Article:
• predictive and preventative maintenance is used, reducing the cost of replacement parts and manpower
  • contractor and user productivity is maximised as work order requests are enhanced with location and specification information improving first time job completion rates
  • actual on-site energy consumption is compared to benchmarked performance information for components and across the entire site
  • regarding disaster planning, emergency services have access to real-time building layouts and schematics to assist in an effective response
  • site utilisation is maximised, facilitating planning for tenants, renovations and owner usage, and
  • service level compliance is optimised delivering availability, amenity and sustainability.

The university updates the iBIM to reflect what components are actually on-site and their relationships to other components. If changes are not captured throughout a project’s life cycle, it will be of little use.

Learning Point 4: iBIM results in some surprising side effects
We have found that if iBIM is undertaken at all phases of a construction project, there are some surprising side effects that will positively impact operational efficiency. Using iBIM at all phases of a construction project turns traditional integrated project delivery (IPD) into integrated project delivery and operations (IPDO).
iBIM provides a collaborative framework where all participants are working towards delivering accurate effective and compatible iBIM, rather than focusing solely on their traditional silos of influence. Having comprehensive information from all areas in the one place allows for clashes to be easily rectified prior to construction. We have heard of owners changing their minds rapidly and specifying the use of iBIM for projects when they realise costly errors could have been avoided.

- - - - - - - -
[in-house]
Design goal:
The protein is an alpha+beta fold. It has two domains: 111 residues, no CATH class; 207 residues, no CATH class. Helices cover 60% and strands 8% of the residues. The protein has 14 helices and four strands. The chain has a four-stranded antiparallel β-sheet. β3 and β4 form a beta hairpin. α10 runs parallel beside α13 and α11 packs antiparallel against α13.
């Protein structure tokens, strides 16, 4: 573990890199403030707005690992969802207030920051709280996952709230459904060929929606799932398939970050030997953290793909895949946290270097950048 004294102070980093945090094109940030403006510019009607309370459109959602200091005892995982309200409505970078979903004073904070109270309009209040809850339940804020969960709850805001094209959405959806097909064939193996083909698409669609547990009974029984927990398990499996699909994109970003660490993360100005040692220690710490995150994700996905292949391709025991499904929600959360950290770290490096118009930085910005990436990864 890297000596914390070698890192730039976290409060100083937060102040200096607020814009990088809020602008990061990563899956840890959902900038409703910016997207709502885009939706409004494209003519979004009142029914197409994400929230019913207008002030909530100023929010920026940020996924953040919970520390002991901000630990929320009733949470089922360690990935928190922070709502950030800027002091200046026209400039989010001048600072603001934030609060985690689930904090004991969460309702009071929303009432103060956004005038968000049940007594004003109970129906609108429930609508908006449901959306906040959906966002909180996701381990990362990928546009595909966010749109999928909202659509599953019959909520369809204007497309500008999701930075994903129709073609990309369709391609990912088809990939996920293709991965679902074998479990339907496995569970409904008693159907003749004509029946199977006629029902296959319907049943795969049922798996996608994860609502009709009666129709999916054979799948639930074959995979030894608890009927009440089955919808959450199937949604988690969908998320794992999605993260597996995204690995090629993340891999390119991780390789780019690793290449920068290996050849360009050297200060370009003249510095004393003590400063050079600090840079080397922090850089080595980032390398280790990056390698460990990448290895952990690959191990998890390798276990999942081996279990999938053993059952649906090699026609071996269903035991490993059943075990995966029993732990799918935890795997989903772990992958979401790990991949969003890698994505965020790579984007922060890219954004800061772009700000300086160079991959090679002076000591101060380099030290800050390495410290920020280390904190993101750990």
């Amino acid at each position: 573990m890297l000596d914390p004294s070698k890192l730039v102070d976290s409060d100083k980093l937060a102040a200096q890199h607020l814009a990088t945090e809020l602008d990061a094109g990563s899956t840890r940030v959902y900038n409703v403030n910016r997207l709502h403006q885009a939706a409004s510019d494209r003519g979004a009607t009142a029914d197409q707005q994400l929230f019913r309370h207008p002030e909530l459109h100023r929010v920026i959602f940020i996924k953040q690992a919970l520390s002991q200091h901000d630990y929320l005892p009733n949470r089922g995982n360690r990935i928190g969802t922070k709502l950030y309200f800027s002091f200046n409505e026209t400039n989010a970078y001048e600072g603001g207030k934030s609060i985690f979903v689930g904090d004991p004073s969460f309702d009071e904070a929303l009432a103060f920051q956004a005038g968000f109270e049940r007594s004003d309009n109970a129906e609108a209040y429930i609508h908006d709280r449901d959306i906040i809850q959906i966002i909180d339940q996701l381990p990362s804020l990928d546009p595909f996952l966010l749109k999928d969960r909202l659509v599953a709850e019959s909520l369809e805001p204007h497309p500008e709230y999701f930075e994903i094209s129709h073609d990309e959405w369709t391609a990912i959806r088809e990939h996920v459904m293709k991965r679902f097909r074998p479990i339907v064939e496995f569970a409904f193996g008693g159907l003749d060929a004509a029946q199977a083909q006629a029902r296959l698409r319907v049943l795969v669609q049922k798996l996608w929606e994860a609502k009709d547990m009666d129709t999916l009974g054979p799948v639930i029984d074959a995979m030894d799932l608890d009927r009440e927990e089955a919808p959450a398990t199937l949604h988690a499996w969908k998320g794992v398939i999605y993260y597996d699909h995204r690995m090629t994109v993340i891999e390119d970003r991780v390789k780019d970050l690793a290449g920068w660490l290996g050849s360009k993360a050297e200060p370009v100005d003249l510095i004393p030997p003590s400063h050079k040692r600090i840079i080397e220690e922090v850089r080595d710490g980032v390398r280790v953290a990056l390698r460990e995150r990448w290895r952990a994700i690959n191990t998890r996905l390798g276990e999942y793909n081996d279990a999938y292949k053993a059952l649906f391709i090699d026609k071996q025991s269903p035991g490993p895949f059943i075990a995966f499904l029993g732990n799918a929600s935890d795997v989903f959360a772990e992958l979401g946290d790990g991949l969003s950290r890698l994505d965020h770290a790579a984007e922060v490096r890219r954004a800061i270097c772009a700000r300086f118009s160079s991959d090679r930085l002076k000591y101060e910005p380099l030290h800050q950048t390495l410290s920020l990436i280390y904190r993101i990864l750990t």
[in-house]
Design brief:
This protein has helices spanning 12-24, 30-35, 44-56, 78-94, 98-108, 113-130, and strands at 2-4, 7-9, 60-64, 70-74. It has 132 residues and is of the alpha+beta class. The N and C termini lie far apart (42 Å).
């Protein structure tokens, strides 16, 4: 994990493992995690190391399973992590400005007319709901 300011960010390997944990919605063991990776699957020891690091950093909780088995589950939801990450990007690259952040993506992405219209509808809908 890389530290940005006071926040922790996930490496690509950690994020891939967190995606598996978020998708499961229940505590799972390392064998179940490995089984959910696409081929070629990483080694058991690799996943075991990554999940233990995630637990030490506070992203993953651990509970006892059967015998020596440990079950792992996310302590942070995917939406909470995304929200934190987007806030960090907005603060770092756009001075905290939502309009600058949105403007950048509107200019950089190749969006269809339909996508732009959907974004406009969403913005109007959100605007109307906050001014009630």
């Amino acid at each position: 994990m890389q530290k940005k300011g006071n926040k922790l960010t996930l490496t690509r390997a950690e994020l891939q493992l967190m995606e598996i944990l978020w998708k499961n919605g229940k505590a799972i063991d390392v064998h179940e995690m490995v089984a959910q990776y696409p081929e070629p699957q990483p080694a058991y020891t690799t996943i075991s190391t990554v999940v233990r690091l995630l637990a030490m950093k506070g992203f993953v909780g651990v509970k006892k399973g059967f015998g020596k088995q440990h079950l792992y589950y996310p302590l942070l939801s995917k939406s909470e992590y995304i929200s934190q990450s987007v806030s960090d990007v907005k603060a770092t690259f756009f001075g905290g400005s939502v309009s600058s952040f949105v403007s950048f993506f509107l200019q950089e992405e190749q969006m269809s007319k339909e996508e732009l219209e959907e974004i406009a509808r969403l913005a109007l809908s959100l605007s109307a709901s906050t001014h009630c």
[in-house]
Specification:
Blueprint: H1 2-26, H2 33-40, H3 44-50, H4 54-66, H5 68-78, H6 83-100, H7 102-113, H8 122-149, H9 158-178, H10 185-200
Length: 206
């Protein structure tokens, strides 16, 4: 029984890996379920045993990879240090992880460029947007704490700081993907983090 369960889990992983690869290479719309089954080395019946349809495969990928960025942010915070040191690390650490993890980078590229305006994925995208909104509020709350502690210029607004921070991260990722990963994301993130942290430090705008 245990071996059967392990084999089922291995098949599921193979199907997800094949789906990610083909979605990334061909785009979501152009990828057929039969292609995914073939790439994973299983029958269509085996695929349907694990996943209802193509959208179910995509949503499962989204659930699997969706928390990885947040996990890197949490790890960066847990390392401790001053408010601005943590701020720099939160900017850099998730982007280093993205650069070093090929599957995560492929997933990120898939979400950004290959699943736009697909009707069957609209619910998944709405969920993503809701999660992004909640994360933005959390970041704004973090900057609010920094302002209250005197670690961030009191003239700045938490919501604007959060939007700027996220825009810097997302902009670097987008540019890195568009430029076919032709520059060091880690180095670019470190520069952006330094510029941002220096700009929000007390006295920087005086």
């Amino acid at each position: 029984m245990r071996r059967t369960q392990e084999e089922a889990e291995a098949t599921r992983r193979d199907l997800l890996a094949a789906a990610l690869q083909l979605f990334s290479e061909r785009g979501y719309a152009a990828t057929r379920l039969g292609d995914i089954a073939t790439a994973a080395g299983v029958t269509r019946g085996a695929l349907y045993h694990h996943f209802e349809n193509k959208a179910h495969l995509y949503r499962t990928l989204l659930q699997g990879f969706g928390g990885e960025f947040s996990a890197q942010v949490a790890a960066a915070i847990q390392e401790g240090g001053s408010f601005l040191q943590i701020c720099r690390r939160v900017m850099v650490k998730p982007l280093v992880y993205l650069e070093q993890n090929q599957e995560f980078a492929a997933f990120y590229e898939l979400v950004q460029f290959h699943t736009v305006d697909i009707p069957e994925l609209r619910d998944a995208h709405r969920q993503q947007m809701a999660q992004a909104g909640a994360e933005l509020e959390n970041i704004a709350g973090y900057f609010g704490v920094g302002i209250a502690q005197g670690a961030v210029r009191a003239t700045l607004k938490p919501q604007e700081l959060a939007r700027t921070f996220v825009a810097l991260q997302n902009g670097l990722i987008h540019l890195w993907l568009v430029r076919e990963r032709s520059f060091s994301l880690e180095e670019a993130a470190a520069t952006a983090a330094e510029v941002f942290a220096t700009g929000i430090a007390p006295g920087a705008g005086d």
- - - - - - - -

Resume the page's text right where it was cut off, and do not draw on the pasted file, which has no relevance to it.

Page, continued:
For instance, one developer experienced so many design conflicts and issues in a traditional project that they would have had a return on the iBIM implementation investment in the first eight weeks of the project by avoiding the delay to construction and additional fees. Having an iBIM process in place would also have delivered a multitude of other benefits concerning efficiency, not only in the design and construction phases, but also throughout the operational life of the building.
Plus, imagine involving operational personnel early in the design and construction process, and having buildings designed with maintenance and operational efficiency at the top of mind, rather than being an afterthought.

THE END
iBIM is no longer a fairy tale, but a reality that can deliver some clear and ongoing benefits to facility management professionals in the successful delivery of their day-to-day operations. You just have to know how.

Read the latest issue of Facility Management magazine to find out how BIM is being used to improve the management of Melbourne’s Fed Square.

Rob Miles is an executive consultant for fm performance ideas! His expertise is based on decades of experience in transforming organisational performance by understanding business imperatives, considering human factors and leveraging enabling technology. fm performance ideas! provides consulting, technology and operational services for retail, utility, banking, design and construction clients.

Tim Hill is an architect with 15 years of experience, who runs an architectural practise called Tandem. Tim’s expertise in BIM arose from his experience on the Federation Square Project where, working for Lab Architecture Studio, he was responsible for the Atrium, BMW Edge and numerous international competition entries, eventually winning large-scale commercial projects in Beijing. Tim established Tandem in 2005 with James Murray, and BIM has become a core element of their business, creating efficiencies in design, communication, coordination, documentation and construction communication.